Displaying publications 1 - 20 of 345 in total

  1. Mallhi TH, Khan AH, Sarriff A, Adnan AS, Khan YH
    J Bras Nefrol, 2016 12;38(4):483-484.
    PMID: 28001178 DOI: 10.5935/0101-2800.20160078
    Matched MeSH terms: Intensive Care Units*
  2. Al-Bayaty FH, Baharudin N, Hassan MIA
    Dent Med Probl, 2021 10 2;58(3):385-395.
    PMID: 34597481 DOI: 10.17219/dmp/132979
    This overview was conducted to highlight the importance of adequate oral hygiene for patients severely affected by coronavirus disease 2019 (COVID-19) due to infection with severe acute respiratory syndrome coronavirus 2 (SARS-CoV-2). These are patients who were admitted to the intensive care unit (ICU) to receive oxygen through mechanical ventilation due to severe pneumonia as a complication of COVID-19. Various dental plaque removal methods for ventilated patients were discussed with regard to their efficacy. The use of chemical agents was also considered to determine which one might be proposed as the best choice. Also, oral care programs or systems that can be implemented by ICU nurses or staff in the case of these ventilated patients were suggested based on evidence from the literature. These interventions aim to reduce microbial load in dental plaque/biofilm in the oropharynx as well as the aspiration of the contaminated saliva in order to prevent the transmission of the dental plaque bacteria to the lungs or other distant organs, and reduce the mortality rate.
    Matched MeSH terms: Intensive Care Units
  3. Neufeld VR, Hall JH, Hoo AA
    Med J Malaya, 1966 Dec;21(2):164-8.
    PMID: 4227388
    Matched MeSH terms: Intensive Care Units*
  4. Wan Mohd Annuar WSH, Pien LS, Makhtar A
    Enferm Clin, 2021 04;31 Suppl 2:S377-S380.
    PMID: 33849204 DOI: 10.1016/j.enfcli.2020.09.029
    The objective is to identify the available literature on parents' experiences in caring for children in the Paediatric Intensive Care Unit (PICU). Original research on parents experience in caring their child in PICU were identified from five online databases, namely CINAHL, Science Direct, Proquest, Cochrane, and Pubmed (2008-2018) using the terms "parent," "experience," "children", "paediatric intensive care" and "caring." We included articles addressing the parent's experiences while their child was admitted to PICU their needs and participation in the care of the child. Twenty-two papers have met the criteria for inclusion. Further review of these articles resulted in summarised topics - PICU parents' experience, parental stressors, and parental needs. Current research demonstrates a diversity of parent's experiences while caring for their child; however, little is known about interventions to improve and support parents who are in a difficult situation when their child being treated in PICU.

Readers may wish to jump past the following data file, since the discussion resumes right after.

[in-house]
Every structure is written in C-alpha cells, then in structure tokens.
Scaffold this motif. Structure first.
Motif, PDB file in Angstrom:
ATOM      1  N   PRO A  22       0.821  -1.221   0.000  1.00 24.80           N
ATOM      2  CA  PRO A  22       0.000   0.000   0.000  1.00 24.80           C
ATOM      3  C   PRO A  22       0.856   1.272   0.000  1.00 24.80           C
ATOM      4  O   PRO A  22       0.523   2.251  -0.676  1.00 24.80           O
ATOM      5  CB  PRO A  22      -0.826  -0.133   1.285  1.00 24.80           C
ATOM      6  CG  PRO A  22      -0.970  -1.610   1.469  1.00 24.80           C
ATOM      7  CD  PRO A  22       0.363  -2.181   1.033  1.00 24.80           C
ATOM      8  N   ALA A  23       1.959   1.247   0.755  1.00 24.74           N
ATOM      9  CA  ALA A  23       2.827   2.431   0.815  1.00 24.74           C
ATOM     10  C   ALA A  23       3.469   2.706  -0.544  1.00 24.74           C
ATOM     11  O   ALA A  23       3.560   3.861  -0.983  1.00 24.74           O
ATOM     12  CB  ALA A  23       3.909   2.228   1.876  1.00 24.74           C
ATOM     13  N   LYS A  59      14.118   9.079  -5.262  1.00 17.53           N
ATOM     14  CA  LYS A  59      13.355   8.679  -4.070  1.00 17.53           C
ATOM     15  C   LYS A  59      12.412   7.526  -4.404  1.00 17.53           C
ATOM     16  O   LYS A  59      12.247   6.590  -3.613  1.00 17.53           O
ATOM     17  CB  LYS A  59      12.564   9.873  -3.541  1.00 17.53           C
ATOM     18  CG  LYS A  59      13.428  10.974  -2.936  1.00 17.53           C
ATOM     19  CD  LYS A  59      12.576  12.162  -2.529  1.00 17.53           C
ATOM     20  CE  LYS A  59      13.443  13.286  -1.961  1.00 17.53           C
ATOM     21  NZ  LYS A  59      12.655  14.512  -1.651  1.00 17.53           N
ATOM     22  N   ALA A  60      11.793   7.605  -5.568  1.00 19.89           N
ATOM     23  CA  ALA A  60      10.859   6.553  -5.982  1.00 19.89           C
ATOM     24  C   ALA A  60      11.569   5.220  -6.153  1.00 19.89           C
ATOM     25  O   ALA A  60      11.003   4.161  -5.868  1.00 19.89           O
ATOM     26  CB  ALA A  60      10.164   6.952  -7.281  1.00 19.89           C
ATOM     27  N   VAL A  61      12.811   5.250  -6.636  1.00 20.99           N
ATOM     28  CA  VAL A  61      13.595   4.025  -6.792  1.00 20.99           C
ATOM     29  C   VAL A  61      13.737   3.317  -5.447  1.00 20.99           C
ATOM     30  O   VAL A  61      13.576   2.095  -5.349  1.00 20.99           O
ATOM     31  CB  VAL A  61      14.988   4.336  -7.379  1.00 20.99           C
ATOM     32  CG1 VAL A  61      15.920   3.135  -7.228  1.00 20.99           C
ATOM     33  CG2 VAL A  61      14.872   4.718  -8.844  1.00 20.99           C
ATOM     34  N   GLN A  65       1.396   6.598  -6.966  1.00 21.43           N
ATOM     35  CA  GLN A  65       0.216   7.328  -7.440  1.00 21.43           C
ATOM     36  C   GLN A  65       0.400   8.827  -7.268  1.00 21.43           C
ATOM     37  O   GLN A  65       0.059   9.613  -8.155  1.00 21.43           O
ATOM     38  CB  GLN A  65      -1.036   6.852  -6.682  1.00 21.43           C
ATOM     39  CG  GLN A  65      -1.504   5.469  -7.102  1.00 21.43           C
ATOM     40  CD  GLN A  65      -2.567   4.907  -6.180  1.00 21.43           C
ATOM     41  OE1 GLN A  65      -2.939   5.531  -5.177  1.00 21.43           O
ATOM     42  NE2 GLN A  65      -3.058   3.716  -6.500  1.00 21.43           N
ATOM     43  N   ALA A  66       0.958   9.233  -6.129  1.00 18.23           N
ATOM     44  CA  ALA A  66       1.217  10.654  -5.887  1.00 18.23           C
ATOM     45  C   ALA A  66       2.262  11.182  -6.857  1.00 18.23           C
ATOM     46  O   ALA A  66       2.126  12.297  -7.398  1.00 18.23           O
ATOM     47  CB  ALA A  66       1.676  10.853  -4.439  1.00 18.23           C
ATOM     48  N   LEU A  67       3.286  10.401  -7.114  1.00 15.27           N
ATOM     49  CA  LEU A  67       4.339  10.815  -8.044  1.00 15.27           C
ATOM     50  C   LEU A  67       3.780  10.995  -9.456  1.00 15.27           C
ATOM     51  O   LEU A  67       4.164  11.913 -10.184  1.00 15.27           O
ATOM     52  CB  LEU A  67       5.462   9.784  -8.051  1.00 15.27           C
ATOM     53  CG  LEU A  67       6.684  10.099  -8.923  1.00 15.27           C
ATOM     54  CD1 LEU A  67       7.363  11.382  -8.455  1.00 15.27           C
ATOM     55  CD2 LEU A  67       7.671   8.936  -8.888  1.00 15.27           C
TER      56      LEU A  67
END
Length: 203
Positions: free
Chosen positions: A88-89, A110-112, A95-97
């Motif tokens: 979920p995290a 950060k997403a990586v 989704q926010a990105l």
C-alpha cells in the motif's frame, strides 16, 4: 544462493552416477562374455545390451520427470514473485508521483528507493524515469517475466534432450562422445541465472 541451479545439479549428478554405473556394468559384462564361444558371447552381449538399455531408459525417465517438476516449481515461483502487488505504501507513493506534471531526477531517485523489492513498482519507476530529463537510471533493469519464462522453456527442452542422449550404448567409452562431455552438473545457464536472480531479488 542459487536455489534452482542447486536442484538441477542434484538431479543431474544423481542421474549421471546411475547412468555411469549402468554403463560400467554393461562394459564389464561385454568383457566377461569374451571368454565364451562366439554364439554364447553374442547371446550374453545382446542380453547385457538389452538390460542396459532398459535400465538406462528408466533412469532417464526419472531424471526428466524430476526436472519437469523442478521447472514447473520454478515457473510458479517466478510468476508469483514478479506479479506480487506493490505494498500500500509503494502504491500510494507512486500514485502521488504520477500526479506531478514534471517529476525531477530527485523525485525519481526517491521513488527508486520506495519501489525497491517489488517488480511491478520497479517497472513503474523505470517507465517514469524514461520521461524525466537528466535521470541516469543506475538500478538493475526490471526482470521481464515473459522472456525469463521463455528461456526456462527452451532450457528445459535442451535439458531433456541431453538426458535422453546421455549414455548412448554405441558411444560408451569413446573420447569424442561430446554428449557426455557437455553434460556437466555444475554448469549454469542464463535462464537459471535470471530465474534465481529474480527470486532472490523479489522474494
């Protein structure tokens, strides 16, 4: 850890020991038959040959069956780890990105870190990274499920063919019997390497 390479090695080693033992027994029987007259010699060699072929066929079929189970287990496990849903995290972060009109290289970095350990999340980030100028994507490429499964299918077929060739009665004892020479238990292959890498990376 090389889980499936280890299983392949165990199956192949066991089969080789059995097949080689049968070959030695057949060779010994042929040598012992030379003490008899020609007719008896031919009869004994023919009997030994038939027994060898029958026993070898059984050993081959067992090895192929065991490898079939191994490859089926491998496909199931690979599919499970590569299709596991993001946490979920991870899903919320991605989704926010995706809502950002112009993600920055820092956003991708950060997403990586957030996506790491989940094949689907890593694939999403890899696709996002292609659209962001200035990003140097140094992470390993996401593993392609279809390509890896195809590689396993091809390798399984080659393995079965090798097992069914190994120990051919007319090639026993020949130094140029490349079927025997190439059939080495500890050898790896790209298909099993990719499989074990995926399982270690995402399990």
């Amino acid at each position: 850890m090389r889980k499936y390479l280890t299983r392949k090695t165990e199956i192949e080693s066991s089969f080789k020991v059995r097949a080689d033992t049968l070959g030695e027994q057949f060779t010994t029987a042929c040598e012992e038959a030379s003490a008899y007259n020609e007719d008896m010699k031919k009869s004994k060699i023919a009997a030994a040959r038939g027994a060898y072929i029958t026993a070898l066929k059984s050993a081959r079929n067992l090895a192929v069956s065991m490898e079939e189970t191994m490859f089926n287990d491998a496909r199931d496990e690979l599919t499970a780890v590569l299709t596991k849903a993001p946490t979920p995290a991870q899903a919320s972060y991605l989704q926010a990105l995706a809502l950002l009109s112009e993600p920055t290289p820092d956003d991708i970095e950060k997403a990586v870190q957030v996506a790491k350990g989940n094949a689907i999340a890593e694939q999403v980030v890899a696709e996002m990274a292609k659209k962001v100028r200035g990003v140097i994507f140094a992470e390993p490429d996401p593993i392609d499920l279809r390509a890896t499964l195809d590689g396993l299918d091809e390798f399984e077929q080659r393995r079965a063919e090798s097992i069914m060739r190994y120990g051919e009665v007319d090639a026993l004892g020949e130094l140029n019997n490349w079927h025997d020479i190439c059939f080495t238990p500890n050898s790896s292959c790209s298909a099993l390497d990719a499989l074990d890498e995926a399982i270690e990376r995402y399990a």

Matched MeSH terms: Intensive Care Units, Pediatric*
  5. Boo NY
    Med J Malaysia, 1994 Mar;49(1):1-3.
    PMID: 8057980
    Matched MeSH terms: Intensive Care Units, Neonatal/trends; Intensive Care Units, Neonatal/statistics & numerical data
  6. Adam BA, Liam CK, Abdul Wahab AS
    Med J Malaysia, 1989 Jun;44(2):134-9.
    PMID: 2626120
    A scoring system based on therapeutic intervention on critically ill patients called the therapeutic intervention scoring system (TISS) was used to assess the quantity of care provided in a medical intensive care unit. Besides observing the unit census, the severity of illness and the work load were studied. The survival rate was 77 percent. The non-survivors had admission TISS points higher than the survivors and their mean daily TISS was more than 20 points. The survivors at discharge had a mean TISS of five points. The work load showed that a nurse can effectively manage two patients who together may accumulate 24 TISS points per day. TISS points per patient rather than bed occupancy is a better indicator of the nurse's work load. Admission criteria and procedures before death certification are outlined.
    Comment in: Delilkan AE. Therapeutic intervention scoring system in medical intensive care. Med J Malaysia. 1989 Dec;44(4):361-2
    Matched MeSH terms: Intensive Care Units/manpower; Intensive Care Units/standards*
  7. Rahim RH, Barnett T
    Int J Nurs Pract, 2009 Dec;15(6):580-4.
    PMID: 19958414 DOI: 10.1111/j.1440-172X.2009.01800.x